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October 25, 2021 05:43pm
By the end of the first semester, almost 70% of students participating in the study reported no vigorous physical activity at all.
Although many new college students are aware of the “freshman 15” weight gain, new research suggests that implementing healthy habits early in the school year could help counteract the weight gain.
According to researchers at the University of Georgia, students typically gain approximately 8 lbs over the course of their first year of college, with approximately 3 lbs expected during the first semester. Although this is significantly less than the “freshman 15” misnomer suggests, exercising regularly and making healthy diet choices could help avoid it, according to the investigators.
The study, published in the Journal of American College Health, found that vigorous physical activity was almost nonexistent among first-year students at a public university used for the research. The study authors defined “vigorous” activity as the kind of exercise that increases the heart rate and releases sweat.
Researchers tracked more than 100 students and measured things such as physical activity, body mass index (BMI), motivation to exercise, and how friends and family viewed their exercise habits. Researchers also examined whether university services influenced students’ activity levels.
At the beginning of the study, only 2 out of every 5 students were meeting recommended levels of activity as set by the American Heart Association (AHA). According to a press release, the AHA recommends that all adults participate in 150 minutes per week of moderate-intensity aerobic activity or 75 minutes of intense exercise.
Despite their findings at the beginning of the study, the researchers noted that moderate physical activity, such as walking across campus or biking at a casual pace, did not change significantly from when students were in high school. Some students even increased their levels of moderate activity.
The study followed students throughout their first semester at school, and found that by the end of the semester, approximately 70% of the students reported no vigorous physical activity at all. This was in stark contrast to the beginning of the semester, when just 40% of students said they were not exercising hard enough to start panting.
“You have to be really motivated to engage in that level of activity,” said lead study author Yangyang Deng, a graduate student in the Mary Frances Early College of Education, in the press release. “In high school, there are many opportunities to be involved in sports, but those disappear for many students in college.”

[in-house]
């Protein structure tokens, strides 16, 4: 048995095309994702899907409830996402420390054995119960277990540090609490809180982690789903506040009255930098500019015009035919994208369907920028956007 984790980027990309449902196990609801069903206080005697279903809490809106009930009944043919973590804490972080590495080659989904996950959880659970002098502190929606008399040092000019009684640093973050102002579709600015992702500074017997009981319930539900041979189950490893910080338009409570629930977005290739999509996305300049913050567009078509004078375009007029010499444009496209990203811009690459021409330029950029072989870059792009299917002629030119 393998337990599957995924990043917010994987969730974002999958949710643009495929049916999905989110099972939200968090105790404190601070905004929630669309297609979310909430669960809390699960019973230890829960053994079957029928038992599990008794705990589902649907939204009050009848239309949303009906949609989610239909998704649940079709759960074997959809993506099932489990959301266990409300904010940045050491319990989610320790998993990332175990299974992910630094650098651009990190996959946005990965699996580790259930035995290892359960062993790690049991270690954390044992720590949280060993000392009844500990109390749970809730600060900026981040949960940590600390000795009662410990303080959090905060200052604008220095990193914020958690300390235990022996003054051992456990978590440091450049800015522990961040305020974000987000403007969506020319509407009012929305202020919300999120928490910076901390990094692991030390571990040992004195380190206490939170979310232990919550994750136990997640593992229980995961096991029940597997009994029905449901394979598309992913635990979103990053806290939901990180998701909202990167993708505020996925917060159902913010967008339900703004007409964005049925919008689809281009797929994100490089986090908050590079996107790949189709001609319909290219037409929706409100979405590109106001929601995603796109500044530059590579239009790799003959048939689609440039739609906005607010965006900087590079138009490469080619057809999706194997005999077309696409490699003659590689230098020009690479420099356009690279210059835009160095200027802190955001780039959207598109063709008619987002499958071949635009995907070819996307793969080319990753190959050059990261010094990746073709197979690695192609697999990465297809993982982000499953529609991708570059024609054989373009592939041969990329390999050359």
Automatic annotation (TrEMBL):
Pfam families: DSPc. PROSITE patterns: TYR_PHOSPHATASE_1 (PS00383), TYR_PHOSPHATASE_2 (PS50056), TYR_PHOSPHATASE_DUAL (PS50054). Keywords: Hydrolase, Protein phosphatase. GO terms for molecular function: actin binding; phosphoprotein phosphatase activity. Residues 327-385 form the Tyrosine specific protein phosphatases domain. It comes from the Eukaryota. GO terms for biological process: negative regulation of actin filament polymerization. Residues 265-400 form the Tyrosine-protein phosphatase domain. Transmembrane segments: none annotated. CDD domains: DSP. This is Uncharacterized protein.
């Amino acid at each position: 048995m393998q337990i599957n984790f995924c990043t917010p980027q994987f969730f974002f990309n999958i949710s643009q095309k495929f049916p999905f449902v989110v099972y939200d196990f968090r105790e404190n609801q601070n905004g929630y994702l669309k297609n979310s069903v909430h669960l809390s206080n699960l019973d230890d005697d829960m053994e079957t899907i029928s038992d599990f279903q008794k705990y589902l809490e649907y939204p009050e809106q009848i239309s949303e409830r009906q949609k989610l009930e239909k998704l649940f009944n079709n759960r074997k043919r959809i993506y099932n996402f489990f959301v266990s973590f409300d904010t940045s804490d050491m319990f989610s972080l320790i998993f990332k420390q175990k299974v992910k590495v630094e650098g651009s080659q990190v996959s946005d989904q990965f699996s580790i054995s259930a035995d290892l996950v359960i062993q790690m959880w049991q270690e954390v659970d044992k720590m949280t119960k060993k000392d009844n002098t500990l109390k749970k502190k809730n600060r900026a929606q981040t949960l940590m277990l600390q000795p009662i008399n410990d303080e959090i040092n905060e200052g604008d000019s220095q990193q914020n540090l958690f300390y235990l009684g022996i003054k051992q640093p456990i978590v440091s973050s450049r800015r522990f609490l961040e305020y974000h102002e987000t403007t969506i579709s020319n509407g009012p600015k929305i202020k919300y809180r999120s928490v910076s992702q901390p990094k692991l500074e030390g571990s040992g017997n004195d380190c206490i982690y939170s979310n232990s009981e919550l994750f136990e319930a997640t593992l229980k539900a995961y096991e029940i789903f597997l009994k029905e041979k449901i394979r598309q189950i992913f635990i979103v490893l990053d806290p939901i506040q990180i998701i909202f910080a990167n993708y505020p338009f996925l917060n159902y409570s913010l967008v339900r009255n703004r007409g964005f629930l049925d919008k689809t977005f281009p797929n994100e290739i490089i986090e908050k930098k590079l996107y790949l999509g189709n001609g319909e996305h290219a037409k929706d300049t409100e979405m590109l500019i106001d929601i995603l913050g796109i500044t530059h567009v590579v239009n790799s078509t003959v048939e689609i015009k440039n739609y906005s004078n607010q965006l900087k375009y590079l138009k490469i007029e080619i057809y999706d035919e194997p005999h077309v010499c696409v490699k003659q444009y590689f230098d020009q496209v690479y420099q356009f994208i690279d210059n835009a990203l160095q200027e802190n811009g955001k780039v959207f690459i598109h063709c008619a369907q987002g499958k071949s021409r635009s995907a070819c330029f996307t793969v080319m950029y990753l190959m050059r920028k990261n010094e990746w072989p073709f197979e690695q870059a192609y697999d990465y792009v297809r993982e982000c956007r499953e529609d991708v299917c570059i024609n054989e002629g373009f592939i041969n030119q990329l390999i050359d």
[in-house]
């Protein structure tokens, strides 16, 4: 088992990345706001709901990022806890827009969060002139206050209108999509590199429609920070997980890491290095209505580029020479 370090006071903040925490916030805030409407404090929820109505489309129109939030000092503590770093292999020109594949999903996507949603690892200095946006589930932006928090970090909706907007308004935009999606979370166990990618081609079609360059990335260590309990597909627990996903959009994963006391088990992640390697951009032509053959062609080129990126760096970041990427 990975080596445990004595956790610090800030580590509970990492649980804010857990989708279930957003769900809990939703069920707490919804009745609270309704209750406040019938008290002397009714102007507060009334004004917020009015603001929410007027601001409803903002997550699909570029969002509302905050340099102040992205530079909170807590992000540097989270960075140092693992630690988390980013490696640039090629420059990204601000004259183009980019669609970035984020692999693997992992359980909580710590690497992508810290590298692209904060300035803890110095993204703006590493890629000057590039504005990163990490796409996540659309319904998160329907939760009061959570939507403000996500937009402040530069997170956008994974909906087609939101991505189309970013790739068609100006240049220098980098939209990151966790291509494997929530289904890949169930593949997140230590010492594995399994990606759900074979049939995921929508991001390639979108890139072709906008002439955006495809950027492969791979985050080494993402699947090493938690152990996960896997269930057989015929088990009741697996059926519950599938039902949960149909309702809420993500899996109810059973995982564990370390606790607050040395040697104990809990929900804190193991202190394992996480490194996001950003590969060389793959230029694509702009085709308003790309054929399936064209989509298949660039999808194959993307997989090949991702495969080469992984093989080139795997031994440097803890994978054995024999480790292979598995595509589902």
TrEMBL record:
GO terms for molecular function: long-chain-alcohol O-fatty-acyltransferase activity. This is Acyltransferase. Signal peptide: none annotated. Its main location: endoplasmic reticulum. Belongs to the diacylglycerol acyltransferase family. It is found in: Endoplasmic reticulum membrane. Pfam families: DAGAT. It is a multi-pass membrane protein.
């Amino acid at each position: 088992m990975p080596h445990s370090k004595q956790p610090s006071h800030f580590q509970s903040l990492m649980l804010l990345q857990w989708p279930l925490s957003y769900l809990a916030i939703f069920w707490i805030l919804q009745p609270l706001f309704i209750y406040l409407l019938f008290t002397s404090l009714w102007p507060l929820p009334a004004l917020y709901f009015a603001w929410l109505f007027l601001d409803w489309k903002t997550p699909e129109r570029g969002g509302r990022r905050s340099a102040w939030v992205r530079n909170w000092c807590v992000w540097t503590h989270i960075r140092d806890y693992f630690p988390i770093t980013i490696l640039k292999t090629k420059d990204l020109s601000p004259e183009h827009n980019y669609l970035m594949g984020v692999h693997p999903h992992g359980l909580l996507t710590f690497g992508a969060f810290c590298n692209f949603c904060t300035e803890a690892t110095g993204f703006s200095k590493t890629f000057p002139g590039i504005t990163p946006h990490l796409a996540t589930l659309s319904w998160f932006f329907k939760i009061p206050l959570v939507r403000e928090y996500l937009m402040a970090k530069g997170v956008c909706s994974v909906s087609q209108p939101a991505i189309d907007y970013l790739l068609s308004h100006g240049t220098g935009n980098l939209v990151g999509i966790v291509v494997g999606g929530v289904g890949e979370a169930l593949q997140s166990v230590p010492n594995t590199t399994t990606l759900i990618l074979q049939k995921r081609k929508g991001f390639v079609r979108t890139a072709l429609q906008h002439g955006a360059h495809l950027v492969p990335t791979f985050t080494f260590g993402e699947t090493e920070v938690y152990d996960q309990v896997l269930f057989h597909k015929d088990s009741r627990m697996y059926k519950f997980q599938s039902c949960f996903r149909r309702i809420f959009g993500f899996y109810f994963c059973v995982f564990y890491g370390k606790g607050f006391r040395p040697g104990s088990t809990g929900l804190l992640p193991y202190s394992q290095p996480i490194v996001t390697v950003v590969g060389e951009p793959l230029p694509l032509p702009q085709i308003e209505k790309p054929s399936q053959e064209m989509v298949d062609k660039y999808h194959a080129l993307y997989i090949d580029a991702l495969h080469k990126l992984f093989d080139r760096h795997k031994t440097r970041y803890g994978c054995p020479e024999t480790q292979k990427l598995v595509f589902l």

As a result of this lack of physical activity, study participants saw modest but significant increases in BMI. By the end of the semester, the students added an average of just over 3 lbs. Although this is relatively small, the study authors noted that 3 lbs per semester can add up over the course of 4 years.
Interestingly, the researchers found that neither meal plan status nor on- or off-campus living significantly impacted weight gain; however, whether participants had physical exercise did have a substantial impact.
Students reported being aware of recreational activities at the student fitness center, and the availability of intramural sports and fitness classes had a positive effect on students’ physical activity levels. Having friends who exercised and supported their efforts to work out also increased the levels of vigorous physical activity.
“Vigorous physical activity most often occurs because of something like playing on a sports team, or if you’re really motivated to achieve a goal, like running a marathon,” said study author Sami Yli-Piipari, PhD, associate professor in the College of Education, in the press release. “You have to be really motivated to push yourself to that limit where you really are working hard to get those health benefits that come from that level of activity.”
From an institutional perspective, the authors said promoting healthy cooking classes, exercising courses, or other resources could positively impact students’ health. Students who want to increase their fitness levels should consider signing up for intramural sports teams, group exercise classes, or sessions with a personal trainer, according to the study authors.
“The students’ increased BMI is obviously a concern, but we should really focus on a more holistic view of health, especially increasing moderate and vigorous activity for students,” Deng said in the press release. “Establishing these good exercise habits now can have lifelong benefits.”
Beeson L. Weight gain isn’t inevitable when you start college. University of Georgia Today; August 24, 2021. Accessed September 22, 2021. https://news.uga.edu/weight-gain-isnt-inevitable-when-you-start-college/